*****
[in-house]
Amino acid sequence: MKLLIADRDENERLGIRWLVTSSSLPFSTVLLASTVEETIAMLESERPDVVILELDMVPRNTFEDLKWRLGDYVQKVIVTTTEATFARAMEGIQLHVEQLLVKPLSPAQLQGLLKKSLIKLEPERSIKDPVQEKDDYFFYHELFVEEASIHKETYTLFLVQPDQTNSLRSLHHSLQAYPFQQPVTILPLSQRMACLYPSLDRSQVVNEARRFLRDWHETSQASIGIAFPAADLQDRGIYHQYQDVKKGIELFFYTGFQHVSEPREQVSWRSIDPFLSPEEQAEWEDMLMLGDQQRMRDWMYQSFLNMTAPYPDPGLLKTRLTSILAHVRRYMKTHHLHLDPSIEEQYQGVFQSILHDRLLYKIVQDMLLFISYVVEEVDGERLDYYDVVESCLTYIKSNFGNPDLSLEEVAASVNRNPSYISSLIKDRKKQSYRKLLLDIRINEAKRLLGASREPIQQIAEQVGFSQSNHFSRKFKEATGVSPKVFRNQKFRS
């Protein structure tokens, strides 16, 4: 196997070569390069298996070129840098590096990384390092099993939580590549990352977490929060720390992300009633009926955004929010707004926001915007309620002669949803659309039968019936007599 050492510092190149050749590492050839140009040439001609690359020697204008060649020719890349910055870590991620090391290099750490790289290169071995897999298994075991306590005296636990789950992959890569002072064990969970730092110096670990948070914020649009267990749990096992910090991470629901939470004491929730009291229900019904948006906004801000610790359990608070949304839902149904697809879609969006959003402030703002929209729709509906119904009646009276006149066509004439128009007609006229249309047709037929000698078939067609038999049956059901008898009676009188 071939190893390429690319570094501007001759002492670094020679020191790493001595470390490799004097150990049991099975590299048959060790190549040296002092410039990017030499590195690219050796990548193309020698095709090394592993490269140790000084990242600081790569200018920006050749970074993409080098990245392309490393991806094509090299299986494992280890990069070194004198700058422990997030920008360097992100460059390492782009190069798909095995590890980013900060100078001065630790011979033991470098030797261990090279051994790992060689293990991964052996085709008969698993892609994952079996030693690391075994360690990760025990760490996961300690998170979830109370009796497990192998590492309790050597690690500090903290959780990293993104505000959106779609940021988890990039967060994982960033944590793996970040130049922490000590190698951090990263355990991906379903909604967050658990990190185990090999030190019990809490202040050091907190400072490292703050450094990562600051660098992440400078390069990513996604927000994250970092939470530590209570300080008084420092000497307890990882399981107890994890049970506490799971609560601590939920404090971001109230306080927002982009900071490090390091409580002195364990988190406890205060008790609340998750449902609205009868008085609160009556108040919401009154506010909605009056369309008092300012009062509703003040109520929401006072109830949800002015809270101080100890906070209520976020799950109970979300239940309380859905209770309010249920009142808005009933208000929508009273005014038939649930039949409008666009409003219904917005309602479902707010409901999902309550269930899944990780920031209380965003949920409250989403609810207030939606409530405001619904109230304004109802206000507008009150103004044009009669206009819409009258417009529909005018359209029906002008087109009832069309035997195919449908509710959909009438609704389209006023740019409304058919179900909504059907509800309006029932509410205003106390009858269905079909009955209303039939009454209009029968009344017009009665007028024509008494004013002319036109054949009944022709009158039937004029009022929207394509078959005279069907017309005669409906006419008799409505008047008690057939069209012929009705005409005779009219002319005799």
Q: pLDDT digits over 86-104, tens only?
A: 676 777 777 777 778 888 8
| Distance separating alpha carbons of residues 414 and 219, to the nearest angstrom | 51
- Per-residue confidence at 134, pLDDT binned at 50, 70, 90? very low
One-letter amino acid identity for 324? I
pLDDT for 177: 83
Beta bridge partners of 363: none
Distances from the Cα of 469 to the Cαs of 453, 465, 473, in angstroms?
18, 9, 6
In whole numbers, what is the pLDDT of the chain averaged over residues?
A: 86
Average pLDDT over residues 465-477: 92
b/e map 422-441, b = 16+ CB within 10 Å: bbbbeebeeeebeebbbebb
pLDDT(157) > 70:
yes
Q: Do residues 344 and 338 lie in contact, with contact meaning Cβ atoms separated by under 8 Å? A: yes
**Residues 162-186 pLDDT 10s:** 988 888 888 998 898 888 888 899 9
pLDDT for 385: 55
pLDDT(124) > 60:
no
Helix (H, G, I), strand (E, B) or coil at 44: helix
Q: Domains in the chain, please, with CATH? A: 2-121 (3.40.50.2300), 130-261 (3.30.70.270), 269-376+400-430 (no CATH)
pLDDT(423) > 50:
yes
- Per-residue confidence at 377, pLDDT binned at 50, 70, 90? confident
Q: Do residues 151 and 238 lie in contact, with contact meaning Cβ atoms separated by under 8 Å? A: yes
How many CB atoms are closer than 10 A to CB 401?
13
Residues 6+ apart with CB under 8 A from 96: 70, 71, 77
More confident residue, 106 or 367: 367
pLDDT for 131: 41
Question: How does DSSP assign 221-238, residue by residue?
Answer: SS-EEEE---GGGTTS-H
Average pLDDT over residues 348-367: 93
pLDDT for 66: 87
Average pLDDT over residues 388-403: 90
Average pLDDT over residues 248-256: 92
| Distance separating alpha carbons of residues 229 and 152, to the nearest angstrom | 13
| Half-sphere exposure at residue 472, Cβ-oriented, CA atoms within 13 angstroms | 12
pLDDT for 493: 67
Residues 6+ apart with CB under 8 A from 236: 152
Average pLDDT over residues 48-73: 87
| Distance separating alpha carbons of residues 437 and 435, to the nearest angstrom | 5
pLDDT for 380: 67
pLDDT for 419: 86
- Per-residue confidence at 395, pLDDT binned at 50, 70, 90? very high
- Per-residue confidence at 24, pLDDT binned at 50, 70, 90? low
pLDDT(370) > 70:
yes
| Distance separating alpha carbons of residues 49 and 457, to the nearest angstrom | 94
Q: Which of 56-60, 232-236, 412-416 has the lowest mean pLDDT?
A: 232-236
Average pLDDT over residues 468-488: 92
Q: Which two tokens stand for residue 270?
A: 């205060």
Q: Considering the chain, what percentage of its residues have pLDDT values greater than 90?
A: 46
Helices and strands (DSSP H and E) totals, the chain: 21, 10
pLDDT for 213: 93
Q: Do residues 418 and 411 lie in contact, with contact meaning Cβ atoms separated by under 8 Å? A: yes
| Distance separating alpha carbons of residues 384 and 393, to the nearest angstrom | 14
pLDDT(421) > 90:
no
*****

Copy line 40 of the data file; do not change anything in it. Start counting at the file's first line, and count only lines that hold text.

Average pLDDT over residues 248-256: 92